http://www.poynton.com/GammaFAQ.html
http://scanline.ca/ycbcr/

-Extrarius

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Thanks for all the ideas everyone - v. useful [smile]

@timw - I tried implementing your idea, but I exploded the ps_2_0 limits (>65 arithmetic instructions) [sad]

Given that I need to get this thing tidied up and shipped off today I don't think I'll be able to spend the time optimizing it in order to get it working. I'll keep a note of it should I get time later on though!

Quote:
 Did you make sure to do gamma adjustment on each end of the calculation?

Nope, I just plugged in a couple of the values from that wiki article. Apparently for computer displays and the like:

Kb = 0.0722
Kr = 0.2126

I shall look into the gamma correction, but for the same reasons as posted above I might simply end up running out of time [headshake]

I'll post back here if I get anything else worth showing...

Cheers,
Jack

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jollyjeffers: Essentially, gamma adjustment is just a way to adjust for the way different devices respond to, record, or display colors. The adjustment is usually a power function at it's core, but the exact formula depends on the standard and exactness desired.

To simplify to the specific case of 'typical, properly-adjusted CRT monitors' and ignore standards to simplify the math:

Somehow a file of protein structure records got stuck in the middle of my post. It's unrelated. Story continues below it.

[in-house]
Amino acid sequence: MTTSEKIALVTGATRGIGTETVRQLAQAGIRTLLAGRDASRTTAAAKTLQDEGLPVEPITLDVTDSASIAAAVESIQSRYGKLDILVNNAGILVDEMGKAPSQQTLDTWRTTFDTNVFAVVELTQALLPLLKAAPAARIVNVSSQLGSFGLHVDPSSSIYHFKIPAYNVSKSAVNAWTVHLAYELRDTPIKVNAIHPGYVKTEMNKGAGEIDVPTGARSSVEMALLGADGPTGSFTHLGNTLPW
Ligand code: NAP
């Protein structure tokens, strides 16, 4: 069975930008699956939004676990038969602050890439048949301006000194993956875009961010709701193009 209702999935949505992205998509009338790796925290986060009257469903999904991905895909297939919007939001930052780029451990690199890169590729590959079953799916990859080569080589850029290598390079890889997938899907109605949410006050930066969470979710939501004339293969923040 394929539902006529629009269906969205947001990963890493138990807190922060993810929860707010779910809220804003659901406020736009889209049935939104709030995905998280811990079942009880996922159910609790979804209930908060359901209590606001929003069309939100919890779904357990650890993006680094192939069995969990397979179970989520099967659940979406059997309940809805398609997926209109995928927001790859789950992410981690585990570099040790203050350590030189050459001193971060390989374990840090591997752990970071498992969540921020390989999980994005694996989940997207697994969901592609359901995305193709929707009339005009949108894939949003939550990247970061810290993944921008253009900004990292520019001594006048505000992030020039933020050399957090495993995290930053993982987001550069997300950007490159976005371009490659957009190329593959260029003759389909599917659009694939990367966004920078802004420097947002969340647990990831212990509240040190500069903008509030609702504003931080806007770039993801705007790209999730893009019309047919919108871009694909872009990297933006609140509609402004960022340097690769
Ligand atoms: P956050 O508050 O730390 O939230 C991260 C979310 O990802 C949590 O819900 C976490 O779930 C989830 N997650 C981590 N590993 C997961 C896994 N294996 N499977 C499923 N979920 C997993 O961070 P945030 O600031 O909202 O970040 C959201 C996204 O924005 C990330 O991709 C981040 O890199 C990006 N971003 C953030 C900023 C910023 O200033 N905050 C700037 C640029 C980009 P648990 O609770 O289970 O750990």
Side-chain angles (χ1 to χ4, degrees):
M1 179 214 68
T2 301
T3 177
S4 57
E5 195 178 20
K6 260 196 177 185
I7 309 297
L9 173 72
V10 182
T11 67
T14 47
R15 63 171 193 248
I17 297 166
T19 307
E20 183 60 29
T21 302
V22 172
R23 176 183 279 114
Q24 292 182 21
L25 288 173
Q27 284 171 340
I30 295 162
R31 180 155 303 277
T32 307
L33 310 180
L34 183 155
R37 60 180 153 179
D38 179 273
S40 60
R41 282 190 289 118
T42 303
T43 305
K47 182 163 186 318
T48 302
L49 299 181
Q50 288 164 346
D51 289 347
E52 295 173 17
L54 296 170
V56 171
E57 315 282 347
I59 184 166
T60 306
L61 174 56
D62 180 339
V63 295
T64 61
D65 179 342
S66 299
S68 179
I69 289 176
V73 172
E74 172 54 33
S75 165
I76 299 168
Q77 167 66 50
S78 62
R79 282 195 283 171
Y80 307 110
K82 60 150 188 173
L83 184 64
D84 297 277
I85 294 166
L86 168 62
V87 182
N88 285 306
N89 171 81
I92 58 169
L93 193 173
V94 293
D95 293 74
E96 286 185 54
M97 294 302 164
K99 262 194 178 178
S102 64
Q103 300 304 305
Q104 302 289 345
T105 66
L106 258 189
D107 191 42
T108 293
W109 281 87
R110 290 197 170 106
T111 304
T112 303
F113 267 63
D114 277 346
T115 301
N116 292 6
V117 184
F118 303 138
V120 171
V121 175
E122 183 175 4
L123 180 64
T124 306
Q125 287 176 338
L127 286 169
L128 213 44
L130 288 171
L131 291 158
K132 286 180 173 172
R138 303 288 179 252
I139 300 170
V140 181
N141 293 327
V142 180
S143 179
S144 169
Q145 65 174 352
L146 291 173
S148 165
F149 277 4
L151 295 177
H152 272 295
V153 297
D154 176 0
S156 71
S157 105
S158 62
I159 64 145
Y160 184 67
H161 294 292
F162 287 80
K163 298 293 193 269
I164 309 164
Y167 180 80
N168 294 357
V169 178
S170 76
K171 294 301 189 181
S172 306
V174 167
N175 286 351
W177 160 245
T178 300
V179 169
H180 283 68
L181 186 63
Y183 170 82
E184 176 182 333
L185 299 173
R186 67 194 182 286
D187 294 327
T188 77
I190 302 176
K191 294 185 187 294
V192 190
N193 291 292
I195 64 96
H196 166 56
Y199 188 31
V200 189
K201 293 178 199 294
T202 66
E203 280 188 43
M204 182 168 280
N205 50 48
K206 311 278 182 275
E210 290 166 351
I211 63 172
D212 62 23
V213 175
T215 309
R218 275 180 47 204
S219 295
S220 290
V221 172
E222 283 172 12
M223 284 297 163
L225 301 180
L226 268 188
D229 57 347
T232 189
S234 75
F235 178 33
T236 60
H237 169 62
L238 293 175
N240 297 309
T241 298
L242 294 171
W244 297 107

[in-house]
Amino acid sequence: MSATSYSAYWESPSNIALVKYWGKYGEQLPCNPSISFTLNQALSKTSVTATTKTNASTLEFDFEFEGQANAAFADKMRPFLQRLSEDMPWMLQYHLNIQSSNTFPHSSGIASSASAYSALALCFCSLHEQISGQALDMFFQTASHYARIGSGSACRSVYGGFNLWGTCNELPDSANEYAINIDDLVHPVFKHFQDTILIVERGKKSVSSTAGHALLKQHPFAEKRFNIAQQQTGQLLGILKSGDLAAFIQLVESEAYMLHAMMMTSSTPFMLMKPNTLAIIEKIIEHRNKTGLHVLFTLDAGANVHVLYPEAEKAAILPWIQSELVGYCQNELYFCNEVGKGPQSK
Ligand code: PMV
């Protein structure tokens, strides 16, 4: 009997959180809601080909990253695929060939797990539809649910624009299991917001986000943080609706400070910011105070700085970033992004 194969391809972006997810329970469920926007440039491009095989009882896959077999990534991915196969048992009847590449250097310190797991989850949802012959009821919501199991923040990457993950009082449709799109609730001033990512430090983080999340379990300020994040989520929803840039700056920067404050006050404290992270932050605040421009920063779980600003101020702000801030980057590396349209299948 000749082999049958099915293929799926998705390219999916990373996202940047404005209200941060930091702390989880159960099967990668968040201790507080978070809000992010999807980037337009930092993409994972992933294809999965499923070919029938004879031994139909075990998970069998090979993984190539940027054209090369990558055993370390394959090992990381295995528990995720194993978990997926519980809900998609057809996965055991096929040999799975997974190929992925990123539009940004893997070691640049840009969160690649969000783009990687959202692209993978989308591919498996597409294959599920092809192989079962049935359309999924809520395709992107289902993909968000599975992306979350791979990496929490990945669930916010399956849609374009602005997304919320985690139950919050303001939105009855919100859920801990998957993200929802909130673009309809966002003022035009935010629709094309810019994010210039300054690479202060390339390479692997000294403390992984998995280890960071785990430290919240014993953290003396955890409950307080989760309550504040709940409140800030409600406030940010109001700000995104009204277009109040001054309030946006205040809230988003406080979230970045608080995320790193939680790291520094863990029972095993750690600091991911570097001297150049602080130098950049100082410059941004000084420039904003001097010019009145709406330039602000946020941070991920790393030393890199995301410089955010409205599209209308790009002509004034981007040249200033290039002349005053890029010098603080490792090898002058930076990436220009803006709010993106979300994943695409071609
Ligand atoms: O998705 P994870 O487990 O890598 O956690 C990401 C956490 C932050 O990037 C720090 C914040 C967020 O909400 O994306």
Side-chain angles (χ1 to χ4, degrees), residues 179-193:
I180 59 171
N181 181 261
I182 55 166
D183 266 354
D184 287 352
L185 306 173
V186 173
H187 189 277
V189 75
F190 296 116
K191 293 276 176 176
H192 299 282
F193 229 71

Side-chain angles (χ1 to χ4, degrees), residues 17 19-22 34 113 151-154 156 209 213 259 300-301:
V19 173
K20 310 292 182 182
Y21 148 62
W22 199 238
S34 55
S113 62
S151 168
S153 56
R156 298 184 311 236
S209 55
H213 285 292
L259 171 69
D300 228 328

Gamma = number between 2.35 and 2.55 (just selecting

R' = R ^ (1 / Gamma)
G' = G ^ (1 / Gamma)
B' = B ^ (1 / Gamma)

//Convert (R', G', B') -> (Y', Cb, Cr)
//Gamma doesn't affect Cb or Cr, only Y'
Y = Y' ^ Gamma

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Quote:
 Original post by Extrariusjollyjeffers: Essentially, gamma adjustment is just a way to adjust for the way different devices respond to, record, or display colors. The adjustment is usually a power function at it's core, but the exact formula depends on the standard and exactness desired.To simplify to the specific case of 'typical, properly-adjusted CRT monitors' and ignore standards to simplify the math:Gamma = number between 2.35 and 2.55 (just selecting R' = R ^ (1 / Gamma)G' = G ^ (1 / Gamma)B' = B ^ (1 / Gamma)//Convert (R', G', B') -> (Y', Cb, Cr)//Gamma doesn't affect Cb or Cr, only Y'Y = Y' ^ Gamma

Thanks for that [smile] Sounds pretty close to what I was thinking of...

Anyway, I'll look into experimenting with it when I get the time.

I fixed most of the problems I was talking about in the latter half of this thread due to realising I made a real dumbass mistake (forgetting to set the luminance to GxxRxxF instead of the original RxxF [headshake]). It looks pretty sweet now.

Cheers,
Jack